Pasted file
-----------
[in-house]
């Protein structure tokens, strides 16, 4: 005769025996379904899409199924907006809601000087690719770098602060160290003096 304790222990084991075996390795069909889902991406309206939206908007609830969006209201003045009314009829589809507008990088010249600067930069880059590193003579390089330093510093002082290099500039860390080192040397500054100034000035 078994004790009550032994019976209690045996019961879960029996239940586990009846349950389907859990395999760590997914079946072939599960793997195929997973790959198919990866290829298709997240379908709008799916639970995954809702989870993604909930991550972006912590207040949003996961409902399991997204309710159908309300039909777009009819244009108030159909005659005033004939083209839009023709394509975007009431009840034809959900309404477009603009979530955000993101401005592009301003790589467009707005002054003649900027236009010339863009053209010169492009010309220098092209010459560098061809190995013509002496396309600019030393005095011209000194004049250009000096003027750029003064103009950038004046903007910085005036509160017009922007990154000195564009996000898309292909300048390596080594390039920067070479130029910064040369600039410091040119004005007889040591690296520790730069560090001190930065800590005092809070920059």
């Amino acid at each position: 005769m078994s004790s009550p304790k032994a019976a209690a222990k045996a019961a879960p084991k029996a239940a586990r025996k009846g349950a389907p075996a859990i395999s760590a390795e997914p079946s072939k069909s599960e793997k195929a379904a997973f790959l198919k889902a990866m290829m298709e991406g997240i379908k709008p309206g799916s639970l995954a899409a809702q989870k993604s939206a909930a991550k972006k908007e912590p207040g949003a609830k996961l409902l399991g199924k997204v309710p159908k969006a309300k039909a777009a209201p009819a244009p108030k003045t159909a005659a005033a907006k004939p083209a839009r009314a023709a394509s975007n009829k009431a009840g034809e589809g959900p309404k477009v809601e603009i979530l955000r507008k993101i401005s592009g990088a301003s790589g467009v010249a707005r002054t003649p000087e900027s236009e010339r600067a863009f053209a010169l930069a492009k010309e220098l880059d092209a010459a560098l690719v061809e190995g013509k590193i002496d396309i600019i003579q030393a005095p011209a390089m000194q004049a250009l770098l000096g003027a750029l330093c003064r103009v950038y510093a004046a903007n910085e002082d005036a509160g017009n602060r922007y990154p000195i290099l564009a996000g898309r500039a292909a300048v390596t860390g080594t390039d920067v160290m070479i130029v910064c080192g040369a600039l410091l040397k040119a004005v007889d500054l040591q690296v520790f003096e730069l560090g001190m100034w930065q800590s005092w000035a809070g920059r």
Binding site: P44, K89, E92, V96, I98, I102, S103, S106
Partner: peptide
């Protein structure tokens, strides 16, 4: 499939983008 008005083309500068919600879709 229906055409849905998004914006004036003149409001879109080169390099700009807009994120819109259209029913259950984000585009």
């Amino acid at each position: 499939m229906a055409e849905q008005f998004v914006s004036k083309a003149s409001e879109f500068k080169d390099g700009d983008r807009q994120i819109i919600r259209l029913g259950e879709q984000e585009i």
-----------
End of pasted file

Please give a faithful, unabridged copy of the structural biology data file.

[in-house]
């Protein structure tokens, strides 16, 4: 005769025996379904899409199924907006809601000087690719770098602060160290003096 304790222990084991075996390795069909889902991406309206939206908007609830969006209201003045009314009829589809507008990088010249600067930069880059590193003579390089330093510093002082290099500039860390080192040397500054100034000035 078994004790009550032994019976209690045996019961879960029996239940586990009846349950389907859990395999760590997914079946072939599960793997195929997973790959198919990866290829298709997240379908709008799916639970995954809702989870993604909930991550972006912590207040949003996961409902399991997204309710159908309300039909777009009819244009108030159909005659005033004939083209839009023709394509975007009431009840034809959900309404477009603009979530955000993101401005592009301003790589467009707005002054003649900027236009010339863009053209010169492009010309220098092209010459560098061809190995013509002496396309600019030393005095011209000194004049250009000096003027750029003064103009950038004046903007910085005036509160017009922007990154000195564009996000898309292909300048390596080594390039920067070479130029910064040369600039410091040119004005007889040591690296520790730069560090001190930065800590005092809070920059």
């Amino acid at each position: 005769m078994s004790s009550p304790k032994a019976a209690a222990k045996a019961a879960p084991k029996a239940a586990r025996k009846g349950a389907p075996a859990i395999s760590a390795e997914p079946s072939k069909s599960e793997k195929a379904a997973f790959l198919k889902a990866m290829m298709e991406g997240i379908k709008p309206g799916s639970l995954a899409a809702q989870k993604s939206a909930a991550k972006k908007e912590p207040g949003a609830k996961l409902l399991g199924k997204v309710p159908k969006a309300k039909a777009a209201p009819a244009p108030k003045t159909a005659a005033a907006k004939p083209a839009r009314a023709a394509s975007n009829k009431a009840g034809e589809g959900p309404k477009v809601e603009i979530l955000r507008k993101i401005s592009g990088a301003s790589g467009v010249a707005r002054t003649p000087e900027s236009e010339r600067a863009f053209a010169l930069a492009k010309e220098l880059d092209a010459a560098l690719v061809e190995g013509k590193i002496d396309i600019i003579q030393a005095p011209a390089m000194q004049a250009l770098l000096g003027a750029l330093c003064r103009v950038y510093a004046a903007n910085e002082d005036a509160g017009n602060r922007y990154p000195i290099l564009a996000g898309r500039a292909a300048v390596t860390g080594t390039d920067v160290m070479i130029v910064c080192g040369a600039l410091l040397k040119a004005v007889d500054l040591q690296v520790f003096e730069l560090g001190m100034w930065q800590s005092w000035a809070g920059r």
Binding site: P44, K89, E92, V96, I98, I102, S103, S106
Partner: peptide
């Protein structure tokens, strides 16, 4: 499939983008 008005083309500068919600879709 229906055409849905998004914006004036003149409001879109080169390099700009807009994120819109259209029913259950984000585009």
């Amino acid at each position: 499939m229906a055409e849905q008005f998004v914006s004036k083309a003149s409001e879109f500068k080169d390099g700009d983008r807009q994120i819109i919600r259209l029913g259950e879709q984000e585009i």